With the advent of No Child Left Behind’s assessment and accountability measures, it was perhaps unavoidable that greater instructional time in the nation’s classrooms would be devoted to math and reading (the two areas that schools were required to test). Few anticipated, however, that this well-intentioned focus on “core subjects” would birth the Amazing Shrinking Curriculum. From an alarmed statement put out by the National Council for the Social Studies: “By requiring states to measure student achievement in language arts and mathematics and tying school performance reports and financial incentives to testing results, NCLB resulted in the diversion of both funding and class time away from social studies and other non-tested subjects.”
That redirection of precious academic resources came with a quantifiable cost. In a Center on Education Policy (CEP) study of 491 school districts around the country, it was found that 36 percent had cut teaching time that had previously been dedicated to social studies. The average decrease in time was seventy-six minutes per week, greater than the diminishment for any other subject. And almost fifteen years after the law’s passage, just nine states require the satisfactory completion of a civics exam as a condition for high school graduation.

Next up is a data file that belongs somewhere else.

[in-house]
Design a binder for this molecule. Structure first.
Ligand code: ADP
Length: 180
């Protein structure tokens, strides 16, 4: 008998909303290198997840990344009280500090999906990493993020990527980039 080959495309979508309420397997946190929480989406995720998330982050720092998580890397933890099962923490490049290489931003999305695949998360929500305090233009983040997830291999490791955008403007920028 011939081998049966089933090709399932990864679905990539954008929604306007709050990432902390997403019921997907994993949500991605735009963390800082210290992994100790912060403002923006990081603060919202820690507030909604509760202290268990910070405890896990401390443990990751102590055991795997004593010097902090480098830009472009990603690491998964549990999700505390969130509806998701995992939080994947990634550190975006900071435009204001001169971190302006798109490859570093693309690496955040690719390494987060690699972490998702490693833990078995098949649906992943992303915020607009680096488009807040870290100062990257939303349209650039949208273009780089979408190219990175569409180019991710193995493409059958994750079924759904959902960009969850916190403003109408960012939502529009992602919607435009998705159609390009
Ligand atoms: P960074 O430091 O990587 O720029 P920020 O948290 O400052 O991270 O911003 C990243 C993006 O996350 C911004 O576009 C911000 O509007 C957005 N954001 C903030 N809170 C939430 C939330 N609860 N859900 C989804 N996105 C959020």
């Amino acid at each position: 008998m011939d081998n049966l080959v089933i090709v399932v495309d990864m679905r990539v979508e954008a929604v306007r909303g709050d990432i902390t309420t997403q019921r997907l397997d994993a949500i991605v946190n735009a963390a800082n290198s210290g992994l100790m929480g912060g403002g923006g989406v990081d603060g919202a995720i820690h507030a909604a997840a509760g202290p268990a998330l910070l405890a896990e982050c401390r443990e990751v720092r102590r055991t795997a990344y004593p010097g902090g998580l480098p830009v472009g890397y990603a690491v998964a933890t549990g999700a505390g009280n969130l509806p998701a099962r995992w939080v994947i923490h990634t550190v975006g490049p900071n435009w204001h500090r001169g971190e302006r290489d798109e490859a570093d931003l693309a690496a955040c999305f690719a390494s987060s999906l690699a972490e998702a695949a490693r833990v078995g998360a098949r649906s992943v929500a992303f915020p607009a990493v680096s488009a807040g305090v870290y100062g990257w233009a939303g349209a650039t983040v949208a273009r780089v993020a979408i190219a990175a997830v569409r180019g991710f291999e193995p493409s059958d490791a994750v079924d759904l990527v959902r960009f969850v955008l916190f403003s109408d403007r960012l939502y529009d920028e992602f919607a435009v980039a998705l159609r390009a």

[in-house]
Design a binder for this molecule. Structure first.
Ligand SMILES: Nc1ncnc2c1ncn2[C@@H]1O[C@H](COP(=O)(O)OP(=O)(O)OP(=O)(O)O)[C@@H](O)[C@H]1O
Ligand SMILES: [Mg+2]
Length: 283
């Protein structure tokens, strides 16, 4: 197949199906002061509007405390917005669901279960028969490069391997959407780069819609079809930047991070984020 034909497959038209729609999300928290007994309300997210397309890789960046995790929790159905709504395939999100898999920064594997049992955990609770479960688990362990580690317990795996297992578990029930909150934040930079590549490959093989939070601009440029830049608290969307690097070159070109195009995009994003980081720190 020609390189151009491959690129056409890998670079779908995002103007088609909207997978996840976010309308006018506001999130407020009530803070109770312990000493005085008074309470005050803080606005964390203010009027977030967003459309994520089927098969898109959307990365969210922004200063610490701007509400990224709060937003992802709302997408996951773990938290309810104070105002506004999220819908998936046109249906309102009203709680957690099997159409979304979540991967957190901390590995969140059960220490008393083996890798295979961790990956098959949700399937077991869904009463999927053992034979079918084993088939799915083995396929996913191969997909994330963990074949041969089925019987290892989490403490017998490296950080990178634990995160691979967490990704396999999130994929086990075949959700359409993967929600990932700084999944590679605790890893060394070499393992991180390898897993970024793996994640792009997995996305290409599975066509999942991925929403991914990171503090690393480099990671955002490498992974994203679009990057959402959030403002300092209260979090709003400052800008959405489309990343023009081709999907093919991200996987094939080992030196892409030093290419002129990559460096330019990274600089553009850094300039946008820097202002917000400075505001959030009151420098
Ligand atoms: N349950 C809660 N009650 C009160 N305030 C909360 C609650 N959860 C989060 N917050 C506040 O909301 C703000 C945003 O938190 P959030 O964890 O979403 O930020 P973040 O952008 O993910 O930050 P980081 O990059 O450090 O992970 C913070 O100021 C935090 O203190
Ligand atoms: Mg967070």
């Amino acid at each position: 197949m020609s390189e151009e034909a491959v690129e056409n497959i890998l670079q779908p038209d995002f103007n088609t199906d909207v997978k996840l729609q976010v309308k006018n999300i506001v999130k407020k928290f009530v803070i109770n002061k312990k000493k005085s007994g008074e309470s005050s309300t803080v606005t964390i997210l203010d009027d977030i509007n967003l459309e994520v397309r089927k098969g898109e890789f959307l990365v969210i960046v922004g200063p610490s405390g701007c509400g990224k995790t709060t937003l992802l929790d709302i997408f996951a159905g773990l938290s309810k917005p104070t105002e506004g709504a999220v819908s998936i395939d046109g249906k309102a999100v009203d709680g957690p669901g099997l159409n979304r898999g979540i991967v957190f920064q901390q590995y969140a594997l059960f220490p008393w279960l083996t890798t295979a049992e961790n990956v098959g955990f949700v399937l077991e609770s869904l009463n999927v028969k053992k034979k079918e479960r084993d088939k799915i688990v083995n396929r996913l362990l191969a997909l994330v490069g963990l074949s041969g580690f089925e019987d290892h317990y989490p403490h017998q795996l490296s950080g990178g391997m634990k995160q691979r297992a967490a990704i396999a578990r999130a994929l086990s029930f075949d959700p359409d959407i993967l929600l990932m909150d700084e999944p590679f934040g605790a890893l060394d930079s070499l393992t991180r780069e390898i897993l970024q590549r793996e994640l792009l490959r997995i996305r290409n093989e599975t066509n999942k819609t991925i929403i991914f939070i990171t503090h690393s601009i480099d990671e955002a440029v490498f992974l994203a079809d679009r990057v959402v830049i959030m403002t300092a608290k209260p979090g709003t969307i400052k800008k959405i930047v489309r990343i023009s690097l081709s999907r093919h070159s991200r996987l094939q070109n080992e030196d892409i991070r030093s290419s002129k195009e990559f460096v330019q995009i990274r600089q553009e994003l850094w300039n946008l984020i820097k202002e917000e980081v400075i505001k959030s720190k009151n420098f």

That’s a mistake. The rudiments of responsible citizenship anywhere lie in a basic awareness of national customs, politics, and government. Deprived of this general background, voters are way more likely to fall for the policy-free ramblings of a man who promises to replace Obamacare with “something terrific.” With an impoverished understanding of executive powers and America’s posture toward its neighbors, they might similarly buy into the notion that a President Trump could simply mandate that Mexico helpfully pay for a partition along our southern border. To see through delusions like these, it takes sustained exposure to the ideas underlying our constitutional order.
If Americans aren’t getting that in schools, during the foundational years, when are they going to get it?
Editor’s note: This piece originally appeared in a slightly different form in the Daily News.